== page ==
<p>Some of the things on my companies website say the following:</p>

<p>If the welfare of your spouse and children is secure, consider changing your contract’s beneficiary to the charitable organization of your choice. In addition, there may be tax advantages to creating a gift of charitable life insurance.</p>

<p>If your estate size and tax rules at the time of your death allow, you may be able to pass proceeds from a cash-value life insurance contract to your heirs without incurring any estate tax.</p>

<p>BEWARE what the agent wants to sell you. He is likely not benefiting from what you have now but will benefit royally if you change.</p>

<p>BEWARE of changing anything having to do with a policy with cash value that you no longer have to make payments on. Cashing out has tax consequences, using that cash to buy different insurance means you loose $ and the agent gains $. Let the dividends pay expenses, let the cash value increase, keep the death benefit in lieu of buying a new policy. You can easily “borrow” from the cash value. </p>

<p>Let a financial planner make recommendations and review what the agent wants you to do. The agent is not making an unbiased rec here.</p>

<p>In terms of changing an existing cash value policy (assuming you are keeping one) you can obtain an in force ledger to show how your existing policy is performing and may perform in the future.</p>

<p>Being older means more expensive usually, but rolling existing cash value into the new one can negate that. What about health? Are you in the same or better rate class as the old policy?</p>

<p>What about the old company? So many companies bought up other companies in the 90s & 00s, it is possible your initial company is now owned by someone else and may not be performing as well as expected?</p>

<p>What about estate liquidity? If you both died and your kids had to deal with your home etc, would the infusion of some cash help them hold RE until a market recovery? For example my parents old house is a rental now, we tried to sell for a couple of years and decided not to lower the price any more, just to rent it and wait until the CA market recovers. In some cases, your kids may need the cash from life insurance to maximize the RE investments at sale.</p>

<p>I see many clients from the 70s & 80s using their life insurance as an income supplement, they pull out cash value for extras, but have the money ‘invested’ in the policy. It will either pay the death benefit or they will keep taking the cash out…said cash is earning the policy guaranteed low interest rate of 6% which looks pretty good right now…wish I had one of those old policies.</p>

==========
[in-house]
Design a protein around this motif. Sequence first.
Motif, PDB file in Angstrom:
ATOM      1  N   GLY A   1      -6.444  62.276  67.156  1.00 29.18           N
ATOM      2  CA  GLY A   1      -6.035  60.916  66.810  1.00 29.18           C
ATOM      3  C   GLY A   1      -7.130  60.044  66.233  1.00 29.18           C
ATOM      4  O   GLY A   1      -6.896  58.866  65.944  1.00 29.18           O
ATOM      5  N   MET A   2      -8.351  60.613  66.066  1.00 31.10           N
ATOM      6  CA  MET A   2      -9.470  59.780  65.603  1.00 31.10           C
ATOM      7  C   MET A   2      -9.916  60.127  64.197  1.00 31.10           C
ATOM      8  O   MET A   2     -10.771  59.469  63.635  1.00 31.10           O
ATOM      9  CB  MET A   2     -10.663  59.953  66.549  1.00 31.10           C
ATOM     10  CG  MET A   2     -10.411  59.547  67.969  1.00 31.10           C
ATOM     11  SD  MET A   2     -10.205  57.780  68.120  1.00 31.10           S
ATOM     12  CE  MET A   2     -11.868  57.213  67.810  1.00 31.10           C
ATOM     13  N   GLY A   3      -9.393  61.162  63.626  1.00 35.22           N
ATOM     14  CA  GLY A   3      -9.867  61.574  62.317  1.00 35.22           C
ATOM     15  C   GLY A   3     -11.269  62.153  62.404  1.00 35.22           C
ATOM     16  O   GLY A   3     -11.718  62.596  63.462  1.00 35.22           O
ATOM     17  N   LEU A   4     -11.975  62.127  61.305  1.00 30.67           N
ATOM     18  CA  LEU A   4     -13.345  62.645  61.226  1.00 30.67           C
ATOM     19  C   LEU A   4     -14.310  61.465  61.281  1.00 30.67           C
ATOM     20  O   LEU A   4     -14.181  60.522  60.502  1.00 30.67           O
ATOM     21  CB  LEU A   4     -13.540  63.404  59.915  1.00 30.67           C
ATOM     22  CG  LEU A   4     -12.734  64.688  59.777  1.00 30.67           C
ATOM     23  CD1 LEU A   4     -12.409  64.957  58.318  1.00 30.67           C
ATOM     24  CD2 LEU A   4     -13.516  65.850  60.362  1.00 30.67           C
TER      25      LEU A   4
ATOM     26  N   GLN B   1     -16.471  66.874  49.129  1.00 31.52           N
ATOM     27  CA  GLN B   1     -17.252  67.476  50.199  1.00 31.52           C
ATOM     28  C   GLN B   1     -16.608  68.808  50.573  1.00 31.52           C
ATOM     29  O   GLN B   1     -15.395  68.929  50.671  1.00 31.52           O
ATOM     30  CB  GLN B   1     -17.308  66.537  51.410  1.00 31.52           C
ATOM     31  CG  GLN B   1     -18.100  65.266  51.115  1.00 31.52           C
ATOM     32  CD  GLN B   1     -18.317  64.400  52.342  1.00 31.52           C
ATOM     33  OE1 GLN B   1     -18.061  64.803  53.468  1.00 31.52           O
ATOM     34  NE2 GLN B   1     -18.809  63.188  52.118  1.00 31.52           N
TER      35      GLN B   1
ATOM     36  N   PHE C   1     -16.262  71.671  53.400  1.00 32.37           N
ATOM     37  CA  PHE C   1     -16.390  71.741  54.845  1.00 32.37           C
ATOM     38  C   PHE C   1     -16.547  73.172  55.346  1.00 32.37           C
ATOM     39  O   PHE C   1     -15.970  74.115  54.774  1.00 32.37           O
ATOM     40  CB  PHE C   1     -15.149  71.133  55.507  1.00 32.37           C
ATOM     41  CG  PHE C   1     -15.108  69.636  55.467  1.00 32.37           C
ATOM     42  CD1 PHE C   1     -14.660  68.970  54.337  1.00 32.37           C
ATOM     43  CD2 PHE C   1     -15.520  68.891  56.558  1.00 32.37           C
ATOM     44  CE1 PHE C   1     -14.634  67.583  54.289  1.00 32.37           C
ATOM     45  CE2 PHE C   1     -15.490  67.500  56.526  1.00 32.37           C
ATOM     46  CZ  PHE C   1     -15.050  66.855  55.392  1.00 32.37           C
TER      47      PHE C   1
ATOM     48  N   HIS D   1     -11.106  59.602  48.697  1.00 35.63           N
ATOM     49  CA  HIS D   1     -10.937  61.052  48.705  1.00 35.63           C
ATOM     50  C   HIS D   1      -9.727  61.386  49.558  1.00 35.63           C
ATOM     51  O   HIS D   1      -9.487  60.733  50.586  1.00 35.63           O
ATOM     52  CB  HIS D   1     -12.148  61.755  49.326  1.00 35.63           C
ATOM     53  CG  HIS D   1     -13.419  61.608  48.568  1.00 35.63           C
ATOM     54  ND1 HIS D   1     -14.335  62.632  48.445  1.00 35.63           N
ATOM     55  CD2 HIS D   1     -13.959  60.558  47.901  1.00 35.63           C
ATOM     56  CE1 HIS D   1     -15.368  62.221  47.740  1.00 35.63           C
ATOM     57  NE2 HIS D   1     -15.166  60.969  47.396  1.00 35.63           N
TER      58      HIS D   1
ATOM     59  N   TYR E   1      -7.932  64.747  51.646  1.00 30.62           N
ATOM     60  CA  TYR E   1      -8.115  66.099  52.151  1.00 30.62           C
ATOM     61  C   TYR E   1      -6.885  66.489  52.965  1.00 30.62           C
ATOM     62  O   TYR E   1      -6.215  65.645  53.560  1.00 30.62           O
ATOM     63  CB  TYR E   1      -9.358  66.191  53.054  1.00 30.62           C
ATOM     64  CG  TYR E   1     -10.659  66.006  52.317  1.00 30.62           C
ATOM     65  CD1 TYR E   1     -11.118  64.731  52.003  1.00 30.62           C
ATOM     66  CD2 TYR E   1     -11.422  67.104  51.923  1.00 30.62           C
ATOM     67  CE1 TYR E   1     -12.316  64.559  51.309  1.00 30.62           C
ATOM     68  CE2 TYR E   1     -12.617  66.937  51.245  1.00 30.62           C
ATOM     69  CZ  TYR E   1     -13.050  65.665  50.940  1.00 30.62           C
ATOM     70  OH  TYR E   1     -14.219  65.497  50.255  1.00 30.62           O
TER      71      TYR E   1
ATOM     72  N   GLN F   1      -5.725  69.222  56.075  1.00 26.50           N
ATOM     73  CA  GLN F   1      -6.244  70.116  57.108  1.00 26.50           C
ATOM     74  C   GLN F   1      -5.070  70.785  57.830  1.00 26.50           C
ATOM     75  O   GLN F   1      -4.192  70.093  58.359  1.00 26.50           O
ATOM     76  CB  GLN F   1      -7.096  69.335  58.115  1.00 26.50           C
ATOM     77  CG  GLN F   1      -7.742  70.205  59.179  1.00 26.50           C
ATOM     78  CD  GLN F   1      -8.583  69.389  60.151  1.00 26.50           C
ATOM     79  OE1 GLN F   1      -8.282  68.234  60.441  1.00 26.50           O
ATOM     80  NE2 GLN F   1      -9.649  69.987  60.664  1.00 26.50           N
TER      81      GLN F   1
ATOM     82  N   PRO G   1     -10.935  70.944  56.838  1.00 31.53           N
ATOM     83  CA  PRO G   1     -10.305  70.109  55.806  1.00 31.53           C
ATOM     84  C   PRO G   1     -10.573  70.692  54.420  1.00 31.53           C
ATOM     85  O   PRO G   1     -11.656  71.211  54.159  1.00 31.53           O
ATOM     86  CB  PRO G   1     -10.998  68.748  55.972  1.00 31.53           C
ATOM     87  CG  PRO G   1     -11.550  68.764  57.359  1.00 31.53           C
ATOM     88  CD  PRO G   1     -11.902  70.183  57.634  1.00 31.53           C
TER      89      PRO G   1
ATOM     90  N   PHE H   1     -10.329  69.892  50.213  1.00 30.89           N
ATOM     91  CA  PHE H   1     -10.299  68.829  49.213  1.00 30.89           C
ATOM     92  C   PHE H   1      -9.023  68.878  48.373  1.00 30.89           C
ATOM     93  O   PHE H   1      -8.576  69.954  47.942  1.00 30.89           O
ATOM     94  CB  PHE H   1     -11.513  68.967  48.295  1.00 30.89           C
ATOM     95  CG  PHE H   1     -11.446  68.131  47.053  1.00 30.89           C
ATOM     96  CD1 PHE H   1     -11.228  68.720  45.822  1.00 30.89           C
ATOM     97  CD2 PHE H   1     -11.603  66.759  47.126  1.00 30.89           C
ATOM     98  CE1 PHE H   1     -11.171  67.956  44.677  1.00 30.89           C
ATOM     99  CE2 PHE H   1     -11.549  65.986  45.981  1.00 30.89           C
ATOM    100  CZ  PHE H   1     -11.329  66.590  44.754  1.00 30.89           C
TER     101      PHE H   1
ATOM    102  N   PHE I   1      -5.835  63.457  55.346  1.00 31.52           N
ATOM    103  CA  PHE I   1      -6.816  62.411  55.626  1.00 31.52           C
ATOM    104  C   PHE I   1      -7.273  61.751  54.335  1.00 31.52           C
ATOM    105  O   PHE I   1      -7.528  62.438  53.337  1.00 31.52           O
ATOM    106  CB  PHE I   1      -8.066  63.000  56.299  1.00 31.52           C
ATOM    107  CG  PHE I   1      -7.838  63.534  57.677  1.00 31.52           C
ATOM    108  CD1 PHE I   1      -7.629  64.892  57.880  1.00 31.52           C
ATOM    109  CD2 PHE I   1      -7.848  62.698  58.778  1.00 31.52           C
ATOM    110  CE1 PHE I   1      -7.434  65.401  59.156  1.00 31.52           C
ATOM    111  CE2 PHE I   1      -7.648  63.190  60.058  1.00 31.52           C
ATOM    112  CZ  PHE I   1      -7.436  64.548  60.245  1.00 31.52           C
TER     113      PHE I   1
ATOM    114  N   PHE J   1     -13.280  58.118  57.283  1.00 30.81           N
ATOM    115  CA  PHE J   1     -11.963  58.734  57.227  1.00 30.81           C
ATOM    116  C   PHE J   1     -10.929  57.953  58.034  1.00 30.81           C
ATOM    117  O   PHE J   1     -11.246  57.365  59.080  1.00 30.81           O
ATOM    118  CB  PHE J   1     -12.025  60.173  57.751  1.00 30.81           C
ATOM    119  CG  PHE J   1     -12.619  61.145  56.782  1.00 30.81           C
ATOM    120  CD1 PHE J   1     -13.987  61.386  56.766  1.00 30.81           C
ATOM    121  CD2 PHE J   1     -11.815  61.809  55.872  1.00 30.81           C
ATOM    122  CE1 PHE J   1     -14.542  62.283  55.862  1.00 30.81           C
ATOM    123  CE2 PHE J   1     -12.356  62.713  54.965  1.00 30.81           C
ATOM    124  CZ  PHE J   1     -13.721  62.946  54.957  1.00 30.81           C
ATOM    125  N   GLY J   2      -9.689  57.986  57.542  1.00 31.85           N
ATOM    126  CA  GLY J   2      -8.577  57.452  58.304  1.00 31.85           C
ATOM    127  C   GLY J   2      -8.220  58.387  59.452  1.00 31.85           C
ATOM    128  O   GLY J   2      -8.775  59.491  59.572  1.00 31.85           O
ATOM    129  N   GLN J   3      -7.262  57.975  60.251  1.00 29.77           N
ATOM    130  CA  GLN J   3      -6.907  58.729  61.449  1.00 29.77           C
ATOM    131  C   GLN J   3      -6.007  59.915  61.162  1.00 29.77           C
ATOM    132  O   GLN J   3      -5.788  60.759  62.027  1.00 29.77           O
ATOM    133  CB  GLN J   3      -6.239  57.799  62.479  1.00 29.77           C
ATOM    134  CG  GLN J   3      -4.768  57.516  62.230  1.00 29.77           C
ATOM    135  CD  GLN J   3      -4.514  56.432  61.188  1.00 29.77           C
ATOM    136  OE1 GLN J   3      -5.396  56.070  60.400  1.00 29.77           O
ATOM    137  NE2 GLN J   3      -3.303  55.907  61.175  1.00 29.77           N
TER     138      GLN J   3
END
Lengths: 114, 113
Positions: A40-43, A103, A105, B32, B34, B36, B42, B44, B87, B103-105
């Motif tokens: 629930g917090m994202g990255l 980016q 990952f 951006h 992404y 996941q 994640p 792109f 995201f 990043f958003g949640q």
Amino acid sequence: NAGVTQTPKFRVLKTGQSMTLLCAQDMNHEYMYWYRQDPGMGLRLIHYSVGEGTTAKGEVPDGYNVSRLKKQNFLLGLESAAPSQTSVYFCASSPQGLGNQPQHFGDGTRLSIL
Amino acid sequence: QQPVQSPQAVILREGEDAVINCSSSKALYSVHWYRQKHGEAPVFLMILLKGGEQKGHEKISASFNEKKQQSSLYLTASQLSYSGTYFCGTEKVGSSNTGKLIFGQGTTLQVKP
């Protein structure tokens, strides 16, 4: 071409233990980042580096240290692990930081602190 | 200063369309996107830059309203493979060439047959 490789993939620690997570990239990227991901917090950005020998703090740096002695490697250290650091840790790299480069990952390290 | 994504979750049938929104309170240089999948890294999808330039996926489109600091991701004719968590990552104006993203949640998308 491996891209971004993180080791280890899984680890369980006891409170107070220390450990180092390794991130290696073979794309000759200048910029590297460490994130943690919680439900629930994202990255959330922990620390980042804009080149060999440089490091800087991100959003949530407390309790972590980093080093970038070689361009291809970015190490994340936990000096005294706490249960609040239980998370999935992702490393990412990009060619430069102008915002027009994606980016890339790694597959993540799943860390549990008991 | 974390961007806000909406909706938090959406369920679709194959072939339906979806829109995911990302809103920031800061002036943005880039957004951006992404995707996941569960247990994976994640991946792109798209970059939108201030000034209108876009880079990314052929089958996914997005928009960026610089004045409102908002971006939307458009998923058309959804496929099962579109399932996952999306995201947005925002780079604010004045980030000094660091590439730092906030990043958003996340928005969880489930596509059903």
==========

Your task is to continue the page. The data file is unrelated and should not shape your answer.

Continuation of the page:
<p>Yea, we are pretty ambivalent about making changes. To keep H’s term life insurance in effect after he retires (for the amount of his current annual base pay) would use up the dividend check from the other policy. We will continue to mull this over and maybe hear the presentation made by the insurance agents while we mull. We tend NOT to make quick decisions. Any policy will be “rolled over” so there will be NO taxable event IF we change the policy.</p>

<p>Yes, liquidity is an issue. Our home has considerable equity, as does other real estate assets. We do not have as much cash & easily converted assets as would be easy for settling an estate. Thanks for that additional issue for us to ponder.</p>

<p>This is really the right time to speak with an estate attorney. Initial consultation could be free. Fees an attorney will charge for setting up a good estate plan/trust can, we have found the hard way, vary greatly. Discuss up-front. A good estate plan by an attorney need not be particularly expensive at all (at least in our area). Said attorney will discuss whether/what type of trust you should have, how to minimize (possibly to zero) those estate taxes others are worrying about, be sure you have appropriate Durable Medical Powers of Attorney/Living Wills (I am NOT an attorney and it’s been a while since we set ours up so I may be getting the terminology wrong).</p>

<p>Once our S and H’s grandS were finished with college, we stopped carrying life insurance. We did make this decision during the depths of the Global Economic Meltdown, when money was feeling really tight. Our attorney had previously suggested we think about how term life insurance (which is what we carried) can provide a nice little nest egg for the heirs at relatively little cost. Worth pondering, although we did opt out ourselves.</p>

<p>My term came up for renewal, I thought about renewing, but W said what for.
We are moving a bunch of $ to annuities which have a built in LI, cheap considering my age and health.</p>

<p>fendergirl, You really need to think WL through. Why would you ever want to have the right/ privilege borrow money on your policy and pay interest, and a extra premium for this right. You’d need to look more into the internet and money books.</p>

<p>We did meet with an estate planning attorney but haven’t done anything yet except make our inventory of our assets, including current life insurance. We have fewer than $5 million, so don’t have to worry about that. Do have some real estate assets co-owned with extended family, so that is a complication that needs to be worked out. Have stalled pending this resolution.</p>

<p>There is a lot of inertia. <sigh> Will have to make some movement in the near future.</sigh></p>